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Tricky Win With Rook vs Bishop II 
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Joined: Thu Sep 02, 2010 3:49 pm
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Post Tricky Win With Rook vs Bishop II
Must be very tricky this endgame :roll:
I desperately tried to solve it - only a draw
I thought humbly Kasparov must have found the solution overthe board - but the master himself: draw
Next idea was to make a calculation with Rybka 4 - but: out of Rybkas deep throat came a draw too

:lol: far beyond my level of understanding

Sat Sep 04, 2010 1:03 pm
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Post Re: Tricky Win With Rook vs Bishop II

This is one of the more complicated endgames (and you probably won't get it in an actual game either because of the weird piece placement!).

But I'll give it a shot at explaining. First, before I go any further, check out this position:

Take a moment and convince yourself that with black to move, white wins the black pawn on a4. The bishop has no squares where it defends the pawn. One important note, this works because black's king is stuck on the queenside. So if you are white, don't let black's king cross the d file!

Ok, so this is obviously the position that we're going to try to achieve when we have this endgame. How do we do it? Well, if you look at the position that we start with, white is fairly close to the zugzwang position. That said, the winning process is still ~15 moves.

Our first few moves are designed to keep black's king on the a8, b8, and c8 squares. White should play Re8-d8, and then Rd7+. When the black king moves to the 8th rank, white then brings his king to c6 to support the rook.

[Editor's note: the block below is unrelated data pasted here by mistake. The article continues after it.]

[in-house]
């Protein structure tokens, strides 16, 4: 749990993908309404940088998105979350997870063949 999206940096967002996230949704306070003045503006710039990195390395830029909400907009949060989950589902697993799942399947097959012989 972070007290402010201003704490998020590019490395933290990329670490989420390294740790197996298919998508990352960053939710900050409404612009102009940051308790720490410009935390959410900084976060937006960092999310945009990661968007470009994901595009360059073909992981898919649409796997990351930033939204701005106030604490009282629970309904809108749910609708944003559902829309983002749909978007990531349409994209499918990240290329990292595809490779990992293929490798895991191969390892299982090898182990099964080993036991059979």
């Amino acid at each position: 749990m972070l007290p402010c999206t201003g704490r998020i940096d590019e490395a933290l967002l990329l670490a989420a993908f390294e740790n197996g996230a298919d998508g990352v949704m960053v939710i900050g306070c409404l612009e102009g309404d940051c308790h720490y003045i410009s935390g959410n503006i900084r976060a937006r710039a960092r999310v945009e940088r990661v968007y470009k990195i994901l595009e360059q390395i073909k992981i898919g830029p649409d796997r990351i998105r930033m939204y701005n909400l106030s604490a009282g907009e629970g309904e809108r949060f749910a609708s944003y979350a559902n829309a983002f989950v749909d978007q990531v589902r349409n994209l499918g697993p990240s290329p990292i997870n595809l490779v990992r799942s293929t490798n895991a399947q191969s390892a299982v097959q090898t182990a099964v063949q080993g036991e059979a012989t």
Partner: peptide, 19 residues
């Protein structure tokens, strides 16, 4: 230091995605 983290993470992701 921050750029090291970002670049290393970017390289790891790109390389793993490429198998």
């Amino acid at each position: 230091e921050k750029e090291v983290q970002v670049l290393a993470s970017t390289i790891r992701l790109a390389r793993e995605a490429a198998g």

So the first stage is complete, black's king is stuck on the 8th rank on the queenside. Now the tricky part - obtaining the zugzwang position.

First, we have to force the black bishop to a bad square. The best way to do this is a maneuver like Rd7-d3-d4. You should get to a position like this:


Your position might vary depending on how black plays, but the key feature is that white cannot take the pawn because of the skewer on e8.

So we play Kc5 and then try to take advantage of the bishop's poor position to force this position:
(Play Kc5, and then when the bishop goes to e8 to defend the pawn, play Re4 to attack the bishop)

After you attack the bishop, it has to move to d7, allowing Re7, pinning it (assuming that black has played his king to the 7th rank). In this position, if it is white to move, play Rf7 and give the move to black. Black must play Kc8 or Kd8, and then white plays Kd6. If black played Kd8, congratulations, it's mate in 9 starting with Kd6. If black played Kc8, you have to work a little bit more. After Kd6, black will move the bishop. If the bishop goes to the kingside, you win routinely with Rc7+ followed by Kc6-b6. If black retreats to b5, then it's time to waste another move by playing Rh7 (or g7, f7, e7). After the bishop moves, give a rook check on c7 and then plays Kc6 and Kb6 to get to this position:


Black has brought his bishop to d1 because other squares are much worse! If the bishop is on any other square, white will move the rook along the 7th to attack the bishop and threaten mate at the same time. That would end the game quickly!

But in any case, from this position, black must play Bb3 to defend the pawn and the bishop and now do you see how to get to the first zugzwang position?

Hidden Text Below - [Show it] - [Hide it Again]

Now that you've won the pawn, the rest is straightforward. It is easiest to win as white if you cut black's king off and force it to the kingside and then use your own king to bring up the pawn and win the bishop.

Good luck! ... -ii-29.php

Thu Sep 16, 2010 1:38 pm

Joined: Wed Oct 20, 2010 8:39 pm
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Post Re: Tricky Win With Rook vs Bishop II
i already got the answer of the puzzle. . .

Wed Oct 20, 2010 8:42 pm
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Post Re: Tricky Win With Rook vs Bishop II
Nice explanation, thanks alot :)

2 plus 2 is 5 for large values of 2

Thu Oct 21, 2010 1:25 am
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